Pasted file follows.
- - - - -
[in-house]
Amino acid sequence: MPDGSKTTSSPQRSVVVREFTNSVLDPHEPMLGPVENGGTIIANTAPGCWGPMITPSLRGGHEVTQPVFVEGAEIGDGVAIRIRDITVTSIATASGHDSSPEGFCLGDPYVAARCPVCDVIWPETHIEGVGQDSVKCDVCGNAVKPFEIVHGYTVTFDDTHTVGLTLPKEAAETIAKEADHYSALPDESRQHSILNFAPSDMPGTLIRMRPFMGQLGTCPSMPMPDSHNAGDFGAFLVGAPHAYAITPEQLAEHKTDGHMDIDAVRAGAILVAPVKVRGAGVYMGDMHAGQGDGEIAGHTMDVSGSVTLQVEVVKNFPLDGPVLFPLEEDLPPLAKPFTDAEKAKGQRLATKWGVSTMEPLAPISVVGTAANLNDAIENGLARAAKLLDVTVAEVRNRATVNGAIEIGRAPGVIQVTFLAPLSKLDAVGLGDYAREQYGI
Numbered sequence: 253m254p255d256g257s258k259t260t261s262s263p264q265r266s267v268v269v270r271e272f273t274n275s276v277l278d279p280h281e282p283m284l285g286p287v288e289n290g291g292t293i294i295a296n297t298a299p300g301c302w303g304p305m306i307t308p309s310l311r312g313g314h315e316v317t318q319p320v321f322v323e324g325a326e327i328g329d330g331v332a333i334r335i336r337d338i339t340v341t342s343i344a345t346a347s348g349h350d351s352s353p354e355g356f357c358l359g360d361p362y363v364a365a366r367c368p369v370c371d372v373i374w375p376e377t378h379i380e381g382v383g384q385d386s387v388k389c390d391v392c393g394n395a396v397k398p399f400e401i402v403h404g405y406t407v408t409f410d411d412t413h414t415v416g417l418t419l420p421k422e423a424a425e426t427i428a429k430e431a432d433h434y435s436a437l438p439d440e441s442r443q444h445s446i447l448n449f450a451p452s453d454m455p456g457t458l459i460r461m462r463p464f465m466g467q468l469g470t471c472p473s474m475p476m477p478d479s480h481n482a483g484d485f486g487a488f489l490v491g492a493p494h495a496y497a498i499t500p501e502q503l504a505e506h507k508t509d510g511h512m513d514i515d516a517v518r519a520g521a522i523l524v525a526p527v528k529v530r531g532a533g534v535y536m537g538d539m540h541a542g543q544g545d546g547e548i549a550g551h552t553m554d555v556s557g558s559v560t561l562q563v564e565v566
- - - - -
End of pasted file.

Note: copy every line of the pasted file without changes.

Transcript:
[in-house]
Amino acid sequence: MPDGSKTTSSPQRSVVVREFTNSVLDPHEPMLGPVENGGTIIANTAPGCWGPMITPSLRGGHEVTQPVFVEGAEIGDGVAIRIRDITVTSIATASGHDSSPEGFCLGDPYVAARCPVCDVIWPETHIEGVGQDSVKCDVCGNAVKPFEIVHGYTVTFDDTHTVGLTLPKEAAETIAKEADHYSALPDESRQHSILNFAPSDMPGTLIRMRPFMGQLGTCPSMPMPDSHNAGDFGAFLVGAPHAYAITPEQLAEHKTDGHMDIDAVRAGAILVAPVKVRGAGVYMGDMHAGQGDGEIAGHTMDVSGSVTLQVEVVKNFPLDGPVLFPLEEDLPPLAKPFTDAEKAKGQRLATKWGVSTMEPLAPISVVGTAANLNDAIENGLARAAKLLDVTVAEVRNRATVNGAIEIGRAPGVIQVTFLAPLSKLDAVGLGDYAREQYGI
Numbered sequence: 253m254p255d256g257s258k259t260t261s262s263p264q265r266s267v268v269v270r271e272f273t274n275s276v277l278d279p280h281e282p283m284l285g286p287v288e289n290g291g292t293i294i295a296n297t298a299p300g301c302w303g304p305m306i307t308p309s310l311r312g313g314h315e316v317t318q319p320v321f322v323e324g325a326e327i328g329d330g331v332a333i334r335i336r337d338i339t340v341t342s343i344a345t346a347s348g349h350d351s352s353p354e355g356f357c358l359g360d361p362y363v364a365a366r367c368p369v370c371d372v373i374w375p376e377t378h379i380e381g382v383g384q385d386s387v388k389c390d391v392c393g394n395a396v397k398p399f400e401i402v403h404g405y406t407v408t409f410d411d412t413h414t415v416g417l418t419l420p421k422e423a424a425e426t427i428a429k430e431a432d433h434y435s436a437l438p439d440e441s442r443q444h445s446i447l448n449f450a451p452s453d454m455p456g457t458l459i460r461m462r463p464f465m466g467q468l469g470t471c472p473s474m475p476m477p478d479s480h481n482a483g484d485f486g487a488f489l490v491g492a493p494h495a496y497a498i499t500p501e502q503l504a505e506h507k508t509d510g511h512m513d514i515d516a517v518r519a520g521a522i523l524v525a526p527v528k529v530r531g532a533g534v535y536m537g538d539m540h541a542g543q544g545d546g547e548i549a550g551h552t553m554d555v556s557g558s559v560t561l562q563v564e565v566